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Election Night Observations

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9:20 p.m. There have not been any shockers on Election Night so far, but there have been a few surprises on the presidential race:

1. Ohio being called so quickly for Barack Obama (about 90 minutes after polls closed) and North Dakota being called so quickly for John McCain (the minute polls closed).
2. Virginia remaining so tight of a race, when Obama may be performing above expectations in North Carolina and Indiana.

10:30 p.m. In a bit of a surprise, in South Dakota it appears Initiated Measure 11 is going to fail - an initiative which would have outlawed abortion with exceptions for reported rape, incest, and health / life of the mother.

11:45 p.m. Minnesota voters have not disappointed tonight -- in the face of a Democratic landslide at the top of the ticket, the Gopher State may again have a 'lone man standing' on the GOP side: in 2006 it was Tim Pawlenty, and in 2008 it may be Norm Coleman. However, Coleman's lead is very tenuous, given the number (and location) of precincts that have yet to report.

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2 Comments


  • Stop them before they poll again! The Humphrey Institute record on election polls is horrible. The primary was a debacle and now they missed the presidential race by double and appear to be wrong on Bachman and Coleman. Stop Stop the madness.

  • FYI: this blog, which is a Humphrey Institute blog, correctly projected the Coleman victory, Paulsen's victory in the 3rd CD, and the DFL failing to reach 90 seats in the State House. Smart Politics correctly projected the Bachmann race in the 6th CD would be the closest U.S. House race in the state, although I was on the wrong end of that one.

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    Remains of the Data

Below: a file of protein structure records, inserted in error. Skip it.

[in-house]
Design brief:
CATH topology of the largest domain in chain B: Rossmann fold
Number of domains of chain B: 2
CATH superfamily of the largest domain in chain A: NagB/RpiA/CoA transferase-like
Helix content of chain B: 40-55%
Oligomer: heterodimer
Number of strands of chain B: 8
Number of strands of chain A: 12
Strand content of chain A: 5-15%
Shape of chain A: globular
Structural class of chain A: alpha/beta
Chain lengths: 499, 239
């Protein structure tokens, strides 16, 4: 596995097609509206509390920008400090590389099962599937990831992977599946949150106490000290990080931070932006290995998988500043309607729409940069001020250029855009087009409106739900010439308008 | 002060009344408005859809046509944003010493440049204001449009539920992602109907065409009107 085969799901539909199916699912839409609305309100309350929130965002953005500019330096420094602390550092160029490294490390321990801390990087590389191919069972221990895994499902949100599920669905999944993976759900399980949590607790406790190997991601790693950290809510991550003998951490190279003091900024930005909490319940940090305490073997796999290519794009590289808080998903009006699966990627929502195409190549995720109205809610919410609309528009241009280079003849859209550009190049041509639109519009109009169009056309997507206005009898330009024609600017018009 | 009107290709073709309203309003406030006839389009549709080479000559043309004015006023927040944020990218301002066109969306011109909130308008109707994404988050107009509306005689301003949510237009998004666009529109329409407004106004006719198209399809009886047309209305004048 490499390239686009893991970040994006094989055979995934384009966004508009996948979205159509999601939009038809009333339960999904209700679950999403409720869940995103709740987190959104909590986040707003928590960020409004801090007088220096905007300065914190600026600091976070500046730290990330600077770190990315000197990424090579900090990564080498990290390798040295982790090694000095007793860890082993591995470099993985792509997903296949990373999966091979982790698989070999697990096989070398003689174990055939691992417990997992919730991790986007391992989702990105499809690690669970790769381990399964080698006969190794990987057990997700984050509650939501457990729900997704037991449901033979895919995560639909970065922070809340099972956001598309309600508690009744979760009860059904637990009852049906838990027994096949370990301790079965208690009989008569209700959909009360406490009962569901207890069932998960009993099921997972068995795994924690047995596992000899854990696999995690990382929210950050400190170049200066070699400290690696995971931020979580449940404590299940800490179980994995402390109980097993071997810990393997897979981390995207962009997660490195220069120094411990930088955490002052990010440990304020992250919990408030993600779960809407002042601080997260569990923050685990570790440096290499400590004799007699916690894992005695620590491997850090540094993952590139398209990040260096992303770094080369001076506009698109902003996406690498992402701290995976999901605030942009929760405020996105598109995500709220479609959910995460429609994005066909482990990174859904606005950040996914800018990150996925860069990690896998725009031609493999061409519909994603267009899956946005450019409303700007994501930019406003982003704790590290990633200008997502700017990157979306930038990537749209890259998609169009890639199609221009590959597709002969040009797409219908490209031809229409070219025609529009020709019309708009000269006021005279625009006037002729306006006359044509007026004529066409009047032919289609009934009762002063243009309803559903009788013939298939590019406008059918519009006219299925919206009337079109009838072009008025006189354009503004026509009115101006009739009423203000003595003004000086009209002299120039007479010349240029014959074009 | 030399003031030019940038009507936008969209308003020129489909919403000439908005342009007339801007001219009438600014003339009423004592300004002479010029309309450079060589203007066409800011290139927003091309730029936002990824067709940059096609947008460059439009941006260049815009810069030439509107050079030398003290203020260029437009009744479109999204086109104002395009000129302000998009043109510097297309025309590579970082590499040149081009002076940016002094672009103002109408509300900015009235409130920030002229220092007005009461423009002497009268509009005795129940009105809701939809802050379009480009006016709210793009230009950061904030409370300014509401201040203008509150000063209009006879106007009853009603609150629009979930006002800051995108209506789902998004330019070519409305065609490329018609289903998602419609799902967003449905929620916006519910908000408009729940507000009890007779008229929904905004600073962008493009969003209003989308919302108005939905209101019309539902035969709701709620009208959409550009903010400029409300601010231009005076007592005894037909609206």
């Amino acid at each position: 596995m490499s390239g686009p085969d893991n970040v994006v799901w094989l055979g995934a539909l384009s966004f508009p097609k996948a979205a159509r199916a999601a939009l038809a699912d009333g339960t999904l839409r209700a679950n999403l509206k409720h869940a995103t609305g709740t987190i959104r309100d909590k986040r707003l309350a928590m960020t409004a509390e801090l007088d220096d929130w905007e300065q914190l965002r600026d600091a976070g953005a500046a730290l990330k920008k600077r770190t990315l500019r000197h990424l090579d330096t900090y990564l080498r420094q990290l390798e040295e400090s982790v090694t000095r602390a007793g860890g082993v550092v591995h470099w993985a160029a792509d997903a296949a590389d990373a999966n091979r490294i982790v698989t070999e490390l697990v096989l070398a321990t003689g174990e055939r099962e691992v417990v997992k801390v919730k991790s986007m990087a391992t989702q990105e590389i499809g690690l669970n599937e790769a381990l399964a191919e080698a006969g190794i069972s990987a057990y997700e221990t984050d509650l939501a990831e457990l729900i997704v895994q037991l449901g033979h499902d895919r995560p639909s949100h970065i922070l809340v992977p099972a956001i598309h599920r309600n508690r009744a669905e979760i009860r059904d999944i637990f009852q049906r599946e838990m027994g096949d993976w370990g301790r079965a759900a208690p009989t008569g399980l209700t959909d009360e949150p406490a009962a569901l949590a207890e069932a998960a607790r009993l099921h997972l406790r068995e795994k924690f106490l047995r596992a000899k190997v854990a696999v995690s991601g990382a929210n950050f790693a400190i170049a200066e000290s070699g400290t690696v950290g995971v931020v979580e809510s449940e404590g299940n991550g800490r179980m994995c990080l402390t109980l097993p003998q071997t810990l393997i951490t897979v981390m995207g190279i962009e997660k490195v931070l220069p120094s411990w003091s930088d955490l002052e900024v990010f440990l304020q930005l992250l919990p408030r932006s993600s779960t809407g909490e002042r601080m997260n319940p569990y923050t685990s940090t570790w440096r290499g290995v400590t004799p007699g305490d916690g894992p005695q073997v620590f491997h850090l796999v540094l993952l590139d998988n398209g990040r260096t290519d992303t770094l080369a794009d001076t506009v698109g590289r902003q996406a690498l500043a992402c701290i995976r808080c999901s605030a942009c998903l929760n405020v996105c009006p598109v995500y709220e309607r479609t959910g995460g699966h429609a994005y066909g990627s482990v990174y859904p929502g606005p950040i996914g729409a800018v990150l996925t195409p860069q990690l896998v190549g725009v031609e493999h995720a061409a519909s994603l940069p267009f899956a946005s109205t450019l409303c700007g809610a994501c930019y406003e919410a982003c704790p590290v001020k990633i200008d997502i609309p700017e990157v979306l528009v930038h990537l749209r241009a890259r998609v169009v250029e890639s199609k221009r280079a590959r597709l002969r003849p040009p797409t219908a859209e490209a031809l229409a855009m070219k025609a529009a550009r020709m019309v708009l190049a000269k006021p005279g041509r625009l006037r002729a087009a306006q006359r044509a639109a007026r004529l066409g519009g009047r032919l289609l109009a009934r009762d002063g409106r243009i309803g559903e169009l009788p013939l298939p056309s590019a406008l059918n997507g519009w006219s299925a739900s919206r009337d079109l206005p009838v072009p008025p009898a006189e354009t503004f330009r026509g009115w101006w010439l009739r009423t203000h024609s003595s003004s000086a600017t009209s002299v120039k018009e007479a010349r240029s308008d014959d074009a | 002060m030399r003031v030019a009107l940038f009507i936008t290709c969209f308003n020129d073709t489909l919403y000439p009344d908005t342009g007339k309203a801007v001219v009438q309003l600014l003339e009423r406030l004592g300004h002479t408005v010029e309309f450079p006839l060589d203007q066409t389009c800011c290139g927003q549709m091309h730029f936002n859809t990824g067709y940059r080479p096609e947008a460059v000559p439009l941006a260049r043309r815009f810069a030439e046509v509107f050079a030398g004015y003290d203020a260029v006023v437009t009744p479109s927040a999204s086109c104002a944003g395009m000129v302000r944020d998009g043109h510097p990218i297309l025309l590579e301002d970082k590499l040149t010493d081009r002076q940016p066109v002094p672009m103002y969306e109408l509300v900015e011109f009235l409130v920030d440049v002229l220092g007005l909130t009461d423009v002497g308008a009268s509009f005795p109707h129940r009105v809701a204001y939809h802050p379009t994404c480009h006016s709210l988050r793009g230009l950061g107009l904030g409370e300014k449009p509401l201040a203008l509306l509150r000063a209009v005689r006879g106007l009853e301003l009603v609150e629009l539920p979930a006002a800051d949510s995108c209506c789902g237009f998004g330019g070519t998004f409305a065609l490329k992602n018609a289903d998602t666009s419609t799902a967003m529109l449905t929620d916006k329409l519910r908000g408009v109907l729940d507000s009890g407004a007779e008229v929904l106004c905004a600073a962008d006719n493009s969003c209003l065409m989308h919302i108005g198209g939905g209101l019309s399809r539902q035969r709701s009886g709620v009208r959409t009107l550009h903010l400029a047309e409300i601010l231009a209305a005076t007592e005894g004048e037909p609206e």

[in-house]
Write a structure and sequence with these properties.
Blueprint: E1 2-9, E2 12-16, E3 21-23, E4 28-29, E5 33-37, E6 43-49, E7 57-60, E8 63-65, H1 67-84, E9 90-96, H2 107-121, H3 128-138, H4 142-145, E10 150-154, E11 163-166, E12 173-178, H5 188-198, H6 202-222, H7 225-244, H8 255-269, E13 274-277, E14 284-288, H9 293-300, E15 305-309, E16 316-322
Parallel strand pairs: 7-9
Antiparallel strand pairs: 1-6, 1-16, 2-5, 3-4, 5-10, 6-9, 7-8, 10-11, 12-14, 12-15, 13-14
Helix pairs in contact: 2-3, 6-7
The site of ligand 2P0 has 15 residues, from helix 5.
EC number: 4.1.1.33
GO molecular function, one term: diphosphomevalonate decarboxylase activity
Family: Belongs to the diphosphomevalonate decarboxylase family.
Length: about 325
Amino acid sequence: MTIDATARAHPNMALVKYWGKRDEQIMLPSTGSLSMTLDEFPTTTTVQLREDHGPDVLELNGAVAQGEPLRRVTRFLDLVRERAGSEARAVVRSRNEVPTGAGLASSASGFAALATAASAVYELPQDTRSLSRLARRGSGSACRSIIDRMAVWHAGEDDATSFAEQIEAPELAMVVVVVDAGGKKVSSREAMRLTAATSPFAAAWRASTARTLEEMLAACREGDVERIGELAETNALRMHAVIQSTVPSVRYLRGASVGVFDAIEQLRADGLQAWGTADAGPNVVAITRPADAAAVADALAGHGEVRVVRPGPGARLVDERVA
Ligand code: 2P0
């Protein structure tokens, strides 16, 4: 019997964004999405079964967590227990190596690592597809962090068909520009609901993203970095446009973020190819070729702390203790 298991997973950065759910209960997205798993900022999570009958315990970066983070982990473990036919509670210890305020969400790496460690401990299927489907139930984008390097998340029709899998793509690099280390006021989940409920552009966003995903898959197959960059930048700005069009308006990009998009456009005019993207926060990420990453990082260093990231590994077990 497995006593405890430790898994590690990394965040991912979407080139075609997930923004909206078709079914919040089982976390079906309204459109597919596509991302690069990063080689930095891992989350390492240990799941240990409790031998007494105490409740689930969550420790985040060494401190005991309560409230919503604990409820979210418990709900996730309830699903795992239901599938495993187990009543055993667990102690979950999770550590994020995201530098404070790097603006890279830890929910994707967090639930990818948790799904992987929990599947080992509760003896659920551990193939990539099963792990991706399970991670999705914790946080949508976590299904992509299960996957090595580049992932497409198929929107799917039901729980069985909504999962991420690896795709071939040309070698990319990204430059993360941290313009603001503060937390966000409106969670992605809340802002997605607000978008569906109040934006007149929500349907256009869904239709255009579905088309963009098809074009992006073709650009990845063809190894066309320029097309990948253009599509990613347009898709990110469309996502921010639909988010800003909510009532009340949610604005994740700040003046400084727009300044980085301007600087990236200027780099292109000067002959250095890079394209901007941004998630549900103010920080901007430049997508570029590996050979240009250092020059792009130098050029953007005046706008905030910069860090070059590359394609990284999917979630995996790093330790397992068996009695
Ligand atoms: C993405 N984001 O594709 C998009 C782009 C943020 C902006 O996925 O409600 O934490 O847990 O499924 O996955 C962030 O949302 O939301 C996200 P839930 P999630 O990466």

Who Has Won the Most Votes in US Senate Electoral History?

    Only three of the Top 10 and nine of the Top 50 vote-getters of all time are currently serving in the chamber.

    Political Crumbs

    Six for Thirteen

    Collin Peterson remarked last month that he is leaning to run for reelection to Minnesota's 7th Congressional District in 2016. If he does and is victorious, he will creep even closer to the top of the list of the longest-serving U.S. Representatives in Minnesota history. The DFL congressman is only the sixth Minnesotan to win at least 13 terms to the U.S. House of the 135 elected to the chamber in state history. Peterson trails 18-term DFLer Jim Oberstar (1975-2011), 16-term Republicans Harold Knutson (1917-1949) and August Andresen (1925-1933; 1935-1958), and 14-term DFLers Martin Sabo (1979-2007) and John Blatnik (1947-1974). Andresen died in office, Sabo and Blatnik retired, and Knutson and Oberstar were defeated at the ballot box in 1948 and 2010 respectively. At 70 years, 7 months, 11 days through Monday, Peterson is currently the ninth oldest Gopher State U.S. Representative in history. DFLer Rick Nolan of the 8th CD is the seventh oldest at 71 years, 1 month, 23 days.


    Seeing Red

    Congressman Nick Rahall's failed bid for a 20th term in West Virginia this cycle, combined with a narrow loss by Nick Casey to Alex Mooney in Shelley Moore Capito's open seat, means that West Virginia Democrats will be shut out of the state's U.S. House delegation for the first time in over 90 years. The Republican sweep by two-term incumbent David McKinley in the 1st CD, Mooney in the 2nd, and Evan Jenkins over Rahall in the 3rd marks the first time the GOP has held all seats in the chamber from West Virginia since the Election of 1920. During the 67th Congress (1921-1923) all six seats from the state were controlled by the GOP. Since the Election of 1922, Democrats have won 76 percent of all U.S. House elections in the Mountain State - capturing 172 seats compared to 54 for the GOP.


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